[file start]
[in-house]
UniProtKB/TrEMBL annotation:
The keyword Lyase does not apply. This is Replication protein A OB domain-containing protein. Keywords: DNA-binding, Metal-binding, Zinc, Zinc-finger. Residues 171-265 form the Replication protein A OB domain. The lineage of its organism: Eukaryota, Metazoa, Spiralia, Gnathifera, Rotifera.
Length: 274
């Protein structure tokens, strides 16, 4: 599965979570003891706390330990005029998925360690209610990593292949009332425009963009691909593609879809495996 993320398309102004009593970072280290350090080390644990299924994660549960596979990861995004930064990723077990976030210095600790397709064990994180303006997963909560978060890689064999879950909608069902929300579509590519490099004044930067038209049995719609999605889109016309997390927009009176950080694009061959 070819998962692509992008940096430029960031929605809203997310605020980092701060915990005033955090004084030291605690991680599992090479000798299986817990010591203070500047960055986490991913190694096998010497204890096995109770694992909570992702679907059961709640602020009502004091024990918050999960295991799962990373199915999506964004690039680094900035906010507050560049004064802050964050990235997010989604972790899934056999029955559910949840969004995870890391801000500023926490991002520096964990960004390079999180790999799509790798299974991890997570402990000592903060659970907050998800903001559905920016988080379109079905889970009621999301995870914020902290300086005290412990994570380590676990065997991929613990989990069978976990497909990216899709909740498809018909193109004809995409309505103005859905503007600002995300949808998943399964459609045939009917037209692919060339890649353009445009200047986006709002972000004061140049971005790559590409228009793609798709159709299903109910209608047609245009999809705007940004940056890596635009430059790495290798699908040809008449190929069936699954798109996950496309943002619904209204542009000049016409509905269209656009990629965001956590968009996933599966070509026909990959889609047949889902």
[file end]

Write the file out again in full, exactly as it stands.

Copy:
[in-house]
UniProtKB/TrEMBL annotation:
The keyword Lyase does not apply. This is Replication protein A OB domain-containing protein. Keywords: DNA-binding, Metal-binding, Zinc, Zinc-finger. Residues 171-265 form the Replication protein A OB domain. The lineage of its organism: Eukaryota, Metazoa, Spiralia, Gnathifera, Rotifera.
Length: 274
């Protein structure tokens, strides 16, 4: 599965979570003891706390330990005029998925360690209610990593292949009332425009963009691909593609879809495996 993320398309102004009593970072280290350090080390644990299924994660549960596979990861995004930064990723077990976030210095600790397709064990994180303006997963909560978060890689064999879950909608069902929300579509590519490099004044930067038209049995719609999605889109016309997390927009009176950080694009061959 070819998962692509992008940096430029960031929605809203997310605020980092701060915990005033955090004084030291605690991680599992090479000798299986817990010591203070500047960055986490991913190694096998010497204890096995109770694992909570992702679907059961709640602020009502004091024990918050999960295991799962990373199915999506964004690039680094900035906010507050560049004064802050964050990235997010989604972790899934056999029955559910949840969004995870890391801000500023926490991002520096964990960004390079999180790999799509790798299974991890997570402990000592903060659970907050998800903001559905920016988080379109079905889970009621999301995870914020902290300086005290412990994570380590676990065997991929613990989990069978976990497909990216899709909740498809018909193109004809995409309505103005859905503007600002995300949808998943399964459609045939009917037209692919060339890649353009445009200047986006709002972000004061140049971005790559590409228009793609798709159709299903109910209608047609245009999809705007940004940056890596635009430059790495290798699908040809008449190929069936699954798109996950496309943002619904209204542009000049016409509905269209656009990629965001956590968009996933599966070509026909990959889609047949889902």